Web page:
This is a skill worth learning, in business as in life.

US vs UK: who wins?

If the answer isn’t totally obvious, both cultures are wonderfully mad, unique, dynamic and frustrating. If there is one thing I have learnt it is that the two in combination are a force to be reckoned with, and I am proud to have had great experiences in both countries and hopefully learnt from them too.

Goodbye America, and see you soon.




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11 responses to “Coming to America – a footnote

  1. Walt

    This is all great. But I still do not know the true origins of “taking the piss.”
    Please solve this upon your return. We will miss your smarts and companionship. Be well, spend more time with your family (now that weekends are free) and stay in touch. – Walt

  2. Joe

    Muy interesante!
    Why do you think Brits do the best off the wall thinking? Is it something to do with the education system?
    I agree that we need to banish fear of failure from the creative industries – it doesn’t prevent total crap from coming out anyway – but I think that social media and particularly 1-click publishing is doing a lot to break down this essentially adolescent unwillingness to risk that bane of the Brit, embarrassment.
    A very thought provoking piece on some pretty well-trodden ground! Thanks… again.

    • Thanks Joe!

      That question again is one I’ve been asked a lot, and I don’t have a particularly good answer to it, apart from than to say it is somehow inherent in the culture.

      The specific kind of thinking that Brits excel at I think is critical thinking – looking at all existing ideas or assumptions with a highly sceptical eye, stripping things back to their base principles, and then creating an alternative theory.

      I guess, at its best, this is reflected in the British educational system – encouraging students to be critical and think for themselves rather than to learn anything very specific or useful! But I’m an ex-historian so I would say that.

      • NY Observer

        In my experience Brits don’t have any particular talent for critical thinking vs Americans. If anything it’s the reverse. America still has very real ‘culture wars’ requiring people actively engage in some thorny debate vs the temperate and somewhat disconnected and irony-infused view of the world many Brits in their home country display. I think what you’re describing is a difference in talent in UK and US media agencies, specifically. Most of the best advertising talent wouldn’t consider joining a US media agency for a second unfortunately, as they’ve yet to develop genuine cultures of innovation and creativity and are seen by many as the ‘bottom feeders’ of the business. In this environment it’s very easy for an Oxbridge-educated ambitious Brit to erronously believe Brits are more widely somehow superior as critical thinking, innovation, or whatever. Admitedly in the blog post you point out you are comenting on your specific area but the reply above indicated to me you feel it’s a broader trait. BTW – I enjoyed the post.

      • Hmm…I tried to be clear that I didn’t think Brits were better at innovation. That, if anything, was the point of the post.

        I guess I did assert that critical thinking is a strong attribute of Brits, and I guess I think of temperate, self-questioning, nuanced thinking as good critical thinking, as opposed to some of the stormy retrenchment of the US political debate. Though as I said, extreme critical thinking can be the enemy of decisive action. But obviously that’s all a matter of opinion.

        BTW I think viewing media agencies, in whatever country, as ‘bottom feeders’ is a bit archaic, having seen all sides of the profession…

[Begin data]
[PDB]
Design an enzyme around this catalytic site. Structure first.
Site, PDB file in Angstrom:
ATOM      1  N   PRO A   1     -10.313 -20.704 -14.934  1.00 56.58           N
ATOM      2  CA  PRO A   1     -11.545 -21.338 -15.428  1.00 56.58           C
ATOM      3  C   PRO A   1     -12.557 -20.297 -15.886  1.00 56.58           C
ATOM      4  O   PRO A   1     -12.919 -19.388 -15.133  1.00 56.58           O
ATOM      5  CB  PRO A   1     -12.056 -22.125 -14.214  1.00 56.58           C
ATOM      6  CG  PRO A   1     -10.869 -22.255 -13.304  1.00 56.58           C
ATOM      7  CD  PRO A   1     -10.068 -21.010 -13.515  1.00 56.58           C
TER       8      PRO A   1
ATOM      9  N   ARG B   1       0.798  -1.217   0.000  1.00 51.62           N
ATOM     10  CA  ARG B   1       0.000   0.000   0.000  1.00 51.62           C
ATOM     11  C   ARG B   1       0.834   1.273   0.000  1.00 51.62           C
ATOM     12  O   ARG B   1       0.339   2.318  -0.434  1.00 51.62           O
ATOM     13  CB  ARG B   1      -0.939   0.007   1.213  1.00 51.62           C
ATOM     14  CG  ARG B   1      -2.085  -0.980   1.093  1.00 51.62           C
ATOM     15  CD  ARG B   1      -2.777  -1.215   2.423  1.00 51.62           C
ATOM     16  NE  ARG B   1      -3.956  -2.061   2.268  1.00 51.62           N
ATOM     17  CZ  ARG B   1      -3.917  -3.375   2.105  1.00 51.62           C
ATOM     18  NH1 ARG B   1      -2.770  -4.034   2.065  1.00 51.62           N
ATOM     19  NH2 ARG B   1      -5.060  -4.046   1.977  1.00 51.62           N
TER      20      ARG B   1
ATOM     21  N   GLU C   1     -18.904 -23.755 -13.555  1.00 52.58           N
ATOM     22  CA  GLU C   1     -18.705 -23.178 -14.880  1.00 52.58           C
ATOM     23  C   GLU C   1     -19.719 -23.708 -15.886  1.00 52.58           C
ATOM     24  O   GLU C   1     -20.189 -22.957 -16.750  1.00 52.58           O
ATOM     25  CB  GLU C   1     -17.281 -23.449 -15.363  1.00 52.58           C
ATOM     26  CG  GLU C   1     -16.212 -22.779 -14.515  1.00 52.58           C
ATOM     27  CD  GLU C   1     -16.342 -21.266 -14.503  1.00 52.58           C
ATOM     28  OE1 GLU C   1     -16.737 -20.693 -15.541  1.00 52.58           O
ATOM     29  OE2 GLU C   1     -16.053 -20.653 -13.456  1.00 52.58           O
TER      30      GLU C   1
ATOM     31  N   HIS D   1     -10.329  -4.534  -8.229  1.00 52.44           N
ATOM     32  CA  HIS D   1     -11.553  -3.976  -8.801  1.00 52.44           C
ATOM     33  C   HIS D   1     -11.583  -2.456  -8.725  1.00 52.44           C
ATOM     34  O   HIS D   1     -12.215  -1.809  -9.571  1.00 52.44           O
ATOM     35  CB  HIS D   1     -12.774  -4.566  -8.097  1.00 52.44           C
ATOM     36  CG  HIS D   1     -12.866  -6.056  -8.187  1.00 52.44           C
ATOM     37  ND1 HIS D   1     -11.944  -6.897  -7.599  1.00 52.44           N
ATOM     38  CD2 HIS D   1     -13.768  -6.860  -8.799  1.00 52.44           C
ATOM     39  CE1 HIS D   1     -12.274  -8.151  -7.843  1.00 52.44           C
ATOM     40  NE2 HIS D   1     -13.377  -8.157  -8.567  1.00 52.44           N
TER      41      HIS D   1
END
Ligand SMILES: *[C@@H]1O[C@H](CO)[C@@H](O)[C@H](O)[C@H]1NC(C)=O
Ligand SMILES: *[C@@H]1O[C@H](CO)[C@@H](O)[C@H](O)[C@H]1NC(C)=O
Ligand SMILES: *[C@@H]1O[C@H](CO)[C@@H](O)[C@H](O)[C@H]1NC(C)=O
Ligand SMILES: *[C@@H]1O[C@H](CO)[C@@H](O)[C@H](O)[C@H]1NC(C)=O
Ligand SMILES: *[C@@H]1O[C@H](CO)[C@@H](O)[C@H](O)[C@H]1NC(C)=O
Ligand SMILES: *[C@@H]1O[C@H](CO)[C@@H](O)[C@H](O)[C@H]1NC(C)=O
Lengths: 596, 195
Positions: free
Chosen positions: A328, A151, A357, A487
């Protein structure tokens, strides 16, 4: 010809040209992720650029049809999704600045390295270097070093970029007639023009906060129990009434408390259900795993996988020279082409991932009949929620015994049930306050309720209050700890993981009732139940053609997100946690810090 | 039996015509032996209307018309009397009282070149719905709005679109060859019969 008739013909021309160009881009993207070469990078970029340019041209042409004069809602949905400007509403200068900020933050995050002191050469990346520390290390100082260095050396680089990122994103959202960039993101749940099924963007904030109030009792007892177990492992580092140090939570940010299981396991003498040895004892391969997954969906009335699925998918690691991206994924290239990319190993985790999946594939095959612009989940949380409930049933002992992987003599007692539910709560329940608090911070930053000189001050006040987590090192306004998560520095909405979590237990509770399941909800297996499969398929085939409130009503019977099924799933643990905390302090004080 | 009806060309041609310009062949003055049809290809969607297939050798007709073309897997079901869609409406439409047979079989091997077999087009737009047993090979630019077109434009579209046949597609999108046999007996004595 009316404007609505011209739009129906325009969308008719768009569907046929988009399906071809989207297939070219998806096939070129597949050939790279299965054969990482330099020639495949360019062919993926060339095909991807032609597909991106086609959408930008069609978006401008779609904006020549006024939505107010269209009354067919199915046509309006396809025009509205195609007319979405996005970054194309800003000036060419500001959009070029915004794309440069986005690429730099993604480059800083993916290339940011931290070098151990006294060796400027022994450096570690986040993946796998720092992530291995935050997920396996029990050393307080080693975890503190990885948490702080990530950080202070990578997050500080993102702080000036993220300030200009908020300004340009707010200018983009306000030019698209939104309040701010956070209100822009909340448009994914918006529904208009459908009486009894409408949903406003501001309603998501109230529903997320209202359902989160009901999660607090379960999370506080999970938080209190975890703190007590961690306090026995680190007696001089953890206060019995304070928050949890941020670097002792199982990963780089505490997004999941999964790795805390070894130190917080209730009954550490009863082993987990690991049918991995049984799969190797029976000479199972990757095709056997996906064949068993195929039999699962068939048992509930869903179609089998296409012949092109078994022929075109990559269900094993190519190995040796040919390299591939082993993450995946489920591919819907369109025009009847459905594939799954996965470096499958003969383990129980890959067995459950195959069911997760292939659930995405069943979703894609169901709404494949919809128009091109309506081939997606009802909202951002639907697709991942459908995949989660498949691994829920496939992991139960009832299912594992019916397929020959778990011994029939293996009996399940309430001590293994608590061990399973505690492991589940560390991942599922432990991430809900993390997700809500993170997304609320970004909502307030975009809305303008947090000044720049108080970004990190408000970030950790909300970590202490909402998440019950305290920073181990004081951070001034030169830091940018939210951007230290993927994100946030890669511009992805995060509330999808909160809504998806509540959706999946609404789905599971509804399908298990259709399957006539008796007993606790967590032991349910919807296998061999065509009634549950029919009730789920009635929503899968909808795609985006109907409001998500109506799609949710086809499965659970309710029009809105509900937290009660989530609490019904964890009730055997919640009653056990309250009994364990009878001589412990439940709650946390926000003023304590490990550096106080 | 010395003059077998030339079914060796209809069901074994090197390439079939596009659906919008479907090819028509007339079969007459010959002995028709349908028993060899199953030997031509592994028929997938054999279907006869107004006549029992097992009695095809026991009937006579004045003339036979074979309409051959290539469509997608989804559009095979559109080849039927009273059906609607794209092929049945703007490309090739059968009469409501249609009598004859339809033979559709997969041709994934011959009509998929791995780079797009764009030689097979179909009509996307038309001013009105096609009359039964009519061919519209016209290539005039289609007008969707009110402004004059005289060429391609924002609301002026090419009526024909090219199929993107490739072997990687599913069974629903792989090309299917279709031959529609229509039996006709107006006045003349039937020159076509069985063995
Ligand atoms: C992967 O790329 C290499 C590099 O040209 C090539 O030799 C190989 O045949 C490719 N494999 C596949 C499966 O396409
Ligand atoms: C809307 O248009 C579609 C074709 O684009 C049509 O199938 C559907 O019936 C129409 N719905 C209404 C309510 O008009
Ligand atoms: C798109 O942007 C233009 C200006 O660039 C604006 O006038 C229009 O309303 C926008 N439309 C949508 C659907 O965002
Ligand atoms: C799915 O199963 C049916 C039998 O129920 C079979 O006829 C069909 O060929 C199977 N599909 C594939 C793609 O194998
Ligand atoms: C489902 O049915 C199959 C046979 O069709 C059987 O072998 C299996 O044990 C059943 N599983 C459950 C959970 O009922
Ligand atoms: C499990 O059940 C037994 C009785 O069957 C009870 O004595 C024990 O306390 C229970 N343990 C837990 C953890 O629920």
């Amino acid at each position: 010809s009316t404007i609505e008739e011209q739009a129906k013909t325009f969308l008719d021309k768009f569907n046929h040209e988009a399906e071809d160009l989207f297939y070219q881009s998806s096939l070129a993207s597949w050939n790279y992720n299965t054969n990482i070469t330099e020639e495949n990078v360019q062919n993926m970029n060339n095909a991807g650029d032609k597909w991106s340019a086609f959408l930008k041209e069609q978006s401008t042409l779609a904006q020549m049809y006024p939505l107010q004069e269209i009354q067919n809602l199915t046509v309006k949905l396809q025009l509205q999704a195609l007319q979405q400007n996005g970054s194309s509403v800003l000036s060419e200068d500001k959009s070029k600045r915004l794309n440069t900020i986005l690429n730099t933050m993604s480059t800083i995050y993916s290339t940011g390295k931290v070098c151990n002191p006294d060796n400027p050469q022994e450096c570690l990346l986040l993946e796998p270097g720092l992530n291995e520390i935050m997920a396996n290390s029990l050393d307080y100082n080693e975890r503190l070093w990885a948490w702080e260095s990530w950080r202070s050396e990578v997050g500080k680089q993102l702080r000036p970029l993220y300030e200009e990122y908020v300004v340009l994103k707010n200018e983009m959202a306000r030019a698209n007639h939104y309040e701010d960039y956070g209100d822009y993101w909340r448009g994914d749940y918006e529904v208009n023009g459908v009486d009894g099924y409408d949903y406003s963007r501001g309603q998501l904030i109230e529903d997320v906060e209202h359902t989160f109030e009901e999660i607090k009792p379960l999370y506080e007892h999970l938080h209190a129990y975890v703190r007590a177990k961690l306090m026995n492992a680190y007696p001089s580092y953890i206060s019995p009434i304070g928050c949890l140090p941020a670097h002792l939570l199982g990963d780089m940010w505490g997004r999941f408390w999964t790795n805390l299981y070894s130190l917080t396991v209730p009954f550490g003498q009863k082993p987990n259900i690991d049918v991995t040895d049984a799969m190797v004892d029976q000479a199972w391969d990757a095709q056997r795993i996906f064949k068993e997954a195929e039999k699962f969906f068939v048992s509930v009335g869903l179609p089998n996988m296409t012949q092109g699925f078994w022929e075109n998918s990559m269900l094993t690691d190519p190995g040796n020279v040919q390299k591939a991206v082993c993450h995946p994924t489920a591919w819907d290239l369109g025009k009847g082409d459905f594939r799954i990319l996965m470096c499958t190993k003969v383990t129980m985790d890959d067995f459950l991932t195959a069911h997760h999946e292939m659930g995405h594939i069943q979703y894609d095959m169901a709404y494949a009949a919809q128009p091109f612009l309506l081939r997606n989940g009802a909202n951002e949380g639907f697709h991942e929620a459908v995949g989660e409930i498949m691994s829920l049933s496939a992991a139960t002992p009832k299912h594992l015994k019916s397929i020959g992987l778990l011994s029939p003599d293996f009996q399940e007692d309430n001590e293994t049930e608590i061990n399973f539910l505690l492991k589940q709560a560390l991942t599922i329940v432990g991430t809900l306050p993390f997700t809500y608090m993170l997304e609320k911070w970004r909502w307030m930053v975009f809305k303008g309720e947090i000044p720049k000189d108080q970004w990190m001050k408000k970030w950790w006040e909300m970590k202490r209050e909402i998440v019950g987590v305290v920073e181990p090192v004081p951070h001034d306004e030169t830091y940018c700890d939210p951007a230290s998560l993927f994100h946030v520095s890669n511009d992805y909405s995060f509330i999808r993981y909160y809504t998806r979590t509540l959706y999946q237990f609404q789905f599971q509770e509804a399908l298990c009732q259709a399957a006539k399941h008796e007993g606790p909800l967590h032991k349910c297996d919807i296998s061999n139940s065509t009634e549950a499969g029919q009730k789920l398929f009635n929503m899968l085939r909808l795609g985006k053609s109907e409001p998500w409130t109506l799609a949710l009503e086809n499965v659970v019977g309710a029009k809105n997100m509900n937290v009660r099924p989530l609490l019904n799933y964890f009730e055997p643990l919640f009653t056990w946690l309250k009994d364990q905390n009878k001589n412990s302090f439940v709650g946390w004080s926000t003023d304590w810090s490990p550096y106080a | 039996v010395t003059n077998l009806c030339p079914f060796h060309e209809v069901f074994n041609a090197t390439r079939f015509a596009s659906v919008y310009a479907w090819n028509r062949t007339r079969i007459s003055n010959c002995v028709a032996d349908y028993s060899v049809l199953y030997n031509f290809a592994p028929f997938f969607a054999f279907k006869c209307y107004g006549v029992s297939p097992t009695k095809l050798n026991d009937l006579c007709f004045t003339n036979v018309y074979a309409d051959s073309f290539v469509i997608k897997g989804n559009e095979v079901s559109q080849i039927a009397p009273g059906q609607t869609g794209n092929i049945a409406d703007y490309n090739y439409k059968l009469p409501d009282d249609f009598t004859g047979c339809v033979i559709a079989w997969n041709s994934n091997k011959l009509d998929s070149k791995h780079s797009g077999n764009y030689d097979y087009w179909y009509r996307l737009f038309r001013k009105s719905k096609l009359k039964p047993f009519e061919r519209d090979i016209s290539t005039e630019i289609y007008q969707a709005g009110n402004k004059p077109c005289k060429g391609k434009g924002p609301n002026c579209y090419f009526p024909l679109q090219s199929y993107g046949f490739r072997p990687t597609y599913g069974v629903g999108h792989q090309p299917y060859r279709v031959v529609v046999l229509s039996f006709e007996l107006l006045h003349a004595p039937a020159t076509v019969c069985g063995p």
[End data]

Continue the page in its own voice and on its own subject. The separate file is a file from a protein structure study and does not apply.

Thanks for reading

      • Nubby

        I think NY Observer nailed it. Britain is a small country whose best talent likes moving to America. It doesn’t mean they’re necessarily and better.

      • I didn’t say they were better – I love America and Americans, and have the utmost admiration for its achievements, which in recent decades clearly dwarf those of the UK. I said that on a cultural level around innovation each country has unique attributes and areas of expertise, that are surprisingly different and highly effective in combination. Maybe you should read the post again.

  3. Richard Elliot

    Really interesting.

    It’s made me think about about my time in Australia and I haven’t thought about it as deeply, but here goes:

    1. Working: Hard v Down the beach.
    The culture of having a work life balance in Oz is pretty strong. People leave ontime to go home to their family or off to a sporting event. They’ll pitch in when a project deadline is looming, but it is seen as heroic.

    2. Money: Not talked about v sometimes bewildering attitudes
    Over my time in Australia this has changed, but it is a very cash culture. Lots of people pay by cash where Brits would pay by card. There is also a tendancy to work out a bill exactly when it arrives with people paying their share. There’s no ‘we’ll just split it equally’.
    I don’t have the experience of investment decisions. No one talks about salaries in either country.

    3. Innovation: Thinking vs Bodging
    This is a very limited view, but in my experience, Australian business didn’t bring together the bredth of people and experiences together to achieve innovative solutions. It was a little backward and you’d try things to get it working..

    4. Job titles: Descriptions v Nothing
    Corporate role titles were banned in my organisation, there were no VPs, Directors etc…. This lead to a strange situation where people gave themselves their own. Lots of people called themselves ‘Senior this’ or ‘Global Head of that’. The main downside I could see of this was that there was no structure for people to aim or strive at in order to progress their careers.

    5. Opening a conversation: Apology v American?
    There was definitely a certain brashness, directness and political incorrectness about the Aussies. Not extreme, but a little confronting for this Pom.

    As an aside, after three years away I’m finding lots of mini culture shocks back in London so it will be interesting to hear what your experiences are.